Mobile message advertising contributed the majority in 2007, and will grow from $2.56 billion to $14.2 billion in 2012. Mobile display and mobile search advertising accounted for a niche amount in 2007, but will rise from $52 million to $1.2 billion, and from $83 million to $3.8 billion in 2012, respectively, eMarketer projects.

Mobile advertising, including text messaging, search, display, in-application and video, generated revenue of less than $250 million in 2008 in North America, according to Parks Associates.

In 2013, however, the revenue is expected to reach nearly $1.5 billion, according to the report, World Digital Media Trends 2009, released by SFN and the World Association of Newspapers and News Publishers.

Author

Erina Lin

Date

2010-03-03 23:37

The first annual World Newspaper Future & Change Study is a global research study about newspaper publishers' business strategies moving forward for the next five years, with the key objective to inspire newspaper executives to invest and innovate their business units and business practices, the latest SFN's report, Charting the Course for Newspapers, reported.

The purpose of the study is to pinpoint the business and strategic challenges of the world's newspapers, and then to identify the publishers' strategies moving forward to turn the challenges into opportunities.

There is no shortage of plans for investment in training development among newspaper publishers around the world in the next three years. Where investment in training is to increase, priorities will be given to building knowledge in the areas most obviously linked to revenue growth: new business development/innovation, advertising sales and e-business development.

The areas are mostly likely to be cut are: legal and ethical knowledge (14.2 percent), technical skills for reporters (8.8 percent), and reporting skills (8.2 percent).

A closer look at where training budgets are expected to increase or stay the same highlights significant differences.

Author

Erina Lin

Date

2010-03-01 23:13

Global newspaper advertising revenues totalled $105.8 billion in 2003, or 28.3 percent of the total advertising spending, according to PriceWaterhouseCoopers LLP. Internet, including wired and mobile, only accounted for $12.6 billion, or 3.4 percent in that year, SFN's World Digital Media Trends 2009 reported.

Newspaper advertising dollars have grown slowly throughout the years, and are projected to reach $136.8 billion in 2012. However, newspapers are projected to lose share to other media, most notably digital, to 21.6 percent.

Internet advertising spending, however, continues to grow rapidly and is projected to reach $120.4 billion by 2012. Internet advertising also has ramped up its share against other media, from 3.4 percent in 2003 to 19 percent by 2012, according to PwC.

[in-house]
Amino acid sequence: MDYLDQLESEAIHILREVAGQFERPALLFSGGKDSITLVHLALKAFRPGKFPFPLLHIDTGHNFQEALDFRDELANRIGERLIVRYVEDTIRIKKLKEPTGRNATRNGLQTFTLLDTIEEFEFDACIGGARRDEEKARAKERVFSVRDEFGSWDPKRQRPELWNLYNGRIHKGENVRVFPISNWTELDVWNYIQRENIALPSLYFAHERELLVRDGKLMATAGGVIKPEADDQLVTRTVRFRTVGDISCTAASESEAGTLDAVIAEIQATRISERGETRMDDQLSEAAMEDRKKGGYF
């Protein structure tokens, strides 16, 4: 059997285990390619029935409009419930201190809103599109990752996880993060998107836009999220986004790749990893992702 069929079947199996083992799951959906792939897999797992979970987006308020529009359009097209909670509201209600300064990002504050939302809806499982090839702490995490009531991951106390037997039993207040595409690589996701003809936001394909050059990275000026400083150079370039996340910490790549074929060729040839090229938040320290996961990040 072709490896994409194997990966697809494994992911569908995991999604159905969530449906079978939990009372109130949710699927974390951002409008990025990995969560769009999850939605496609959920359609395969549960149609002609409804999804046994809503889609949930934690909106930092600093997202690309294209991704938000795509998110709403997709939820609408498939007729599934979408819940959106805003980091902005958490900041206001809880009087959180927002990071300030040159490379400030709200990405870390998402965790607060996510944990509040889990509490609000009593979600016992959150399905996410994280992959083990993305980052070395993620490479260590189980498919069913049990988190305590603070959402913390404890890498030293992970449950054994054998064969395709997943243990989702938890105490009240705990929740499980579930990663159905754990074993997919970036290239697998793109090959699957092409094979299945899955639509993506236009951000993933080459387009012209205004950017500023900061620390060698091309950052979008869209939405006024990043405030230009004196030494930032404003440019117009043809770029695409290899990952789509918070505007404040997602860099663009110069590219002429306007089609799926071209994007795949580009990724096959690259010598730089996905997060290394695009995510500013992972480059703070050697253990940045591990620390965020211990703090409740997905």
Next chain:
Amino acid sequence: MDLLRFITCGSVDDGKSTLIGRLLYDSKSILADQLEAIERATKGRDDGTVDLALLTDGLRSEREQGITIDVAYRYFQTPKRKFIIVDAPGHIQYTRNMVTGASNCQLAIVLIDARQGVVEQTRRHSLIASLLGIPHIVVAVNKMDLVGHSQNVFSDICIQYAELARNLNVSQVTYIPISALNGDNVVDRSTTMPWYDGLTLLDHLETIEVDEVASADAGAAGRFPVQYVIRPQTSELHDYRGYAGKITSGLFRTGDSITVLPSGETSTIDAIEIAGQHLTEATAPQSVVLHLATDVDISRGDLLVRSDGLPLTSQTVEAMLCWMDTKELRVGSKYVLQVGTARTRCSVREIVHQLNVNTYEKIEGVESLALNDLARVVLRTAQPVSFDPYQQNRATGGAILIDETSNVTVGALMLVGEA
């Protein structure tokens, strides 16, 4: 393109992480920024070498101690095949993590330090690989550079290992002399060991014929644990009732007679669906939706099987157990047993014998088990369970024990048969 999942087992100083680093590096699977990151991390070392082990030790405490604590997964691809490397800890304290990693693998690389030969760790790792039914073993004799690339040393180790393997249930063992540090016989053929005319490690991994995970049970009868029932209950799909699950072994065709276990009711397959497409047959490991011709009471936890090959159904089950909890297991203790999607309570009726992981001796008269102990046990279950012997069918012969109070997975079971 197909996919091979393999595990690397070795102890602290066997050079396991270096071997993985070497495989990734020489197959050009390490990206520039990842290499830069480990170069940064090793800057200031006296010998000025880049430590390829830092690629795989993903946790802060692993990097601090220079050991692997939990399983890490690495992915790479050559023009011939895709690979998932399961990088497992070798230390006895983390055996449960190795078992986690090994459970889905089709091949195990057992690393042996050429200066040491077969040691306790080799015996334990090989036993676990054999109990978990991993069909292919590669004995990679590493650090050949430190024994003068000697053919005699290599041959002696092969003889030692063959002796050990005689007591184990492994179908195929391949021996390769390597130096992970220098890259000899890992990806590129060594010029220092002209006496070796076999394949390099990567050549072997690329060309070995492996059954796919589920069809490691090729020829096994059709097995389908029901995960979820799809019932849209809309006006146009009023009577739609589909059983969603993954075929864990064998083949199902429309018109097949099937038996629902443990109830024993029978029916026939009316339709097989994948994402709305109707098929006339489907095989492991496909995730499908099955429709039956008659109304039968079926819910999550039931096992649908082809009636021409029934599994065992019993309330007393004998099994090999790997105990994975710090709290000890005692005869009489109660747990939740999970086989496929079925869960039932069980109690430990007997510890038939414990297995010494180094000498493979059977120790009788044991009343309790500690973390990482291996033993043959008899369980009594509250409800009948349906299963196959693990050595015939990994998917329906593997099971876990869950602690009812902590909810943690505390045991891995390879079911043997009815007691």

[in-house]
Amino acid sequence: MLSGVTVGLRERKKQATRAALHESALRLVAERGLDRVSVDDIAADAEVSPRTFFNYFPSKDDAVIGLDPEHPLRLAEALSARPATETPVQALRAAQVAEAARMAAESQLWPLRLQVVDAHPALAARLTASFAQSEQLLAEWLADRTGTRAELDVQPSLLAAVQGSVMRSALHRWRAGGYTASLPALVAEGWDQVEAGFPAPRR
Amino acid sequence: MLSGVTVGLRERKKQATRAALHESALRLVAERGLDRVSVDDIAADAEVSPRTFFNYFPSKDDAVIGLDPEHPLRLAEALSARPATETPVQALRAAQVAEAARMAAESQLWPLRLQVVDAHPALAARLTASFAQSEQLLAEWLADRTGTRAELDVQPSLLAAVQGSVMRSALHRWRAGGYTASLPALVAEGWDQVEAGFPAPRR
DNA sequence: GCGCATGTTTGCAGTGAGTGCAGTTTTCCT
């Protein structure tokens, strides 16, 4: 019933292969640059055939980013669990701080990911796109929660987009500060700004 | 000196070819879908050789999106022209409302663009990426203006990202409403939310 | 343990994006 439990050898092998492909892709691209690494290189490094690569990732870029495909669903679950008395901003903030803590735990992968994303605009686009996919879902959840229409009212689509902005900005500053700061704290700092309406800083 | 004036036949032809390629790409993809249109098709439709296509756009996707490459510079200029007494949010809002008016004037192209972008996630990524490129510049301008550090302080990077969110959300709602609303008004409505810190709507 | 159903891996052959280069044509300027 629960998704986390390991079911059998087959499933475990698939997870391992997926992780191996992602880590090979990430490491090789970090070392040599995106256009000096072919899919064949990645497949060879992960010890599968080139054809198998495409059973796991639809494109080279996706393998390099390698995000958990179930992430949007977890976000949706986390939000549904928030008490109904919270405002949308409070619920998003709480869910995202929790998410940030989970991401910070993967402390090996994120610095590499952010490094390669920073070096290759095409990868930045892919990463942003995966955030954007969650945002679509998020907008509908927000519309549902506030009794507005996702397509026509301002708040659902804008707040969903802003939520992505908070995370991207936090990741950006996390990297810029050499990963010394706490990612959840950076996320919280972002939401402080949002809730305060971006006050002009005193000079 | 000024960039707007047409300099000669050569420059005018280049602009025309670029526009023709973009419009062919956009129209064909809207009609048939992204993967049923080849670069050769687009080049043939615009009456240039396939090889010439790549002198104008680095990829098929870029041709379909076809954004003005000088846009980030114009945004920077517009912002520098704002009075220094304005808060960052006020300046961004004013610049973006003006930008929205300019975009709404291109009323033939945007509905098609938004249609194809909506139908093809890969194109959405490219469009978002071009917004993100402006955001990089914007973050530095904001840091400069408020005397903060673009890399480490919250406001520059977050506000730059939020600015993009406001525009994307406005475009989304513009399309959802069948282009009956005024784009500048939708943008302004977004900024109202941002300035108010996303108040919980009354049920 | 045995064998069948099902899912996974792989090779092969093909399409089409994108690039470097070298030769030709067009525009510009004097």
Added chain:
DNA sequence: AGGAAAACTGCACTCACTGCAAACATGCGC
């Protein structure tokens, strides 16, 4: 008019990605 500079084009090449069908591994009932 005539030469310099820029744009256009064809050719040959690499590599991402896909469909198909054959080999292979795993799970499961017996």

According to ValueNotes Research, global newspaper print advertising is down from nearly $50 billion in 2000 to less than $40 billion in 2010, with the CAGR of -8.2 percent.

Author

Erina Lin

Date

2010-02-24 21:39

The first annual World Newspaper Future & Change Study is a global research study about newspaper publishers' business strategies moving forward for the next five years, with the key objective to inspire newspaper executives to invest and innovate their business units and business practices, the latest SFN's report, Charting the Course for Newspapers, reported.

The purpose of the study is to pinpoint the business and strategic challenges of the world's newspapers, and then to identify the publishers' strategies moving forward to turn the challenges into opportunities.

One section of the study is about organisational and people development in the face of extraordinary change. Asked to rank areas for possible development from 1 (lowest) to nine (top), respondents prioritise areas that would shore up existing operations by addressing areas identified as of concern in previous questions: journalism skills (1st, mean of 6.69 ) and sales skills (2nd, mean of 6.65 ). The third highest priority was "convergence of multimedia operations" (mean of 6.09), which is typically considered a way to become not only more effective in engaging audiences, but also a way to ensure greater efficiency in operations.

Author

Erina Lin

Date

2010-02-22 21:12

In the United States, the top online features of the top 100 newspapers in 2008 include RSS, video and contextual ads - each with 100 percent penetration, according to the Bivings Group report, The Use of the Internet by American's Newspapers.

Other popular features included photos, local weather, section RSS, reporter blogs, social bookmarks and reporter blog comments, with more than nine out of 10 sites adopting these features, SFN's World Digital Media Trends 2009 reported.

Features that are still not popular include RSS ads, tags, social networking, registration, user generated articles and videos - less than 20 percent have those features.

The usages of RSS, most popular, video, blog comments, comments on articles and bookmarking are all on the rise from 2006 to 2008, according to the Bivings Group.

Author

Erina Lin

Date

2010-02-18 23:24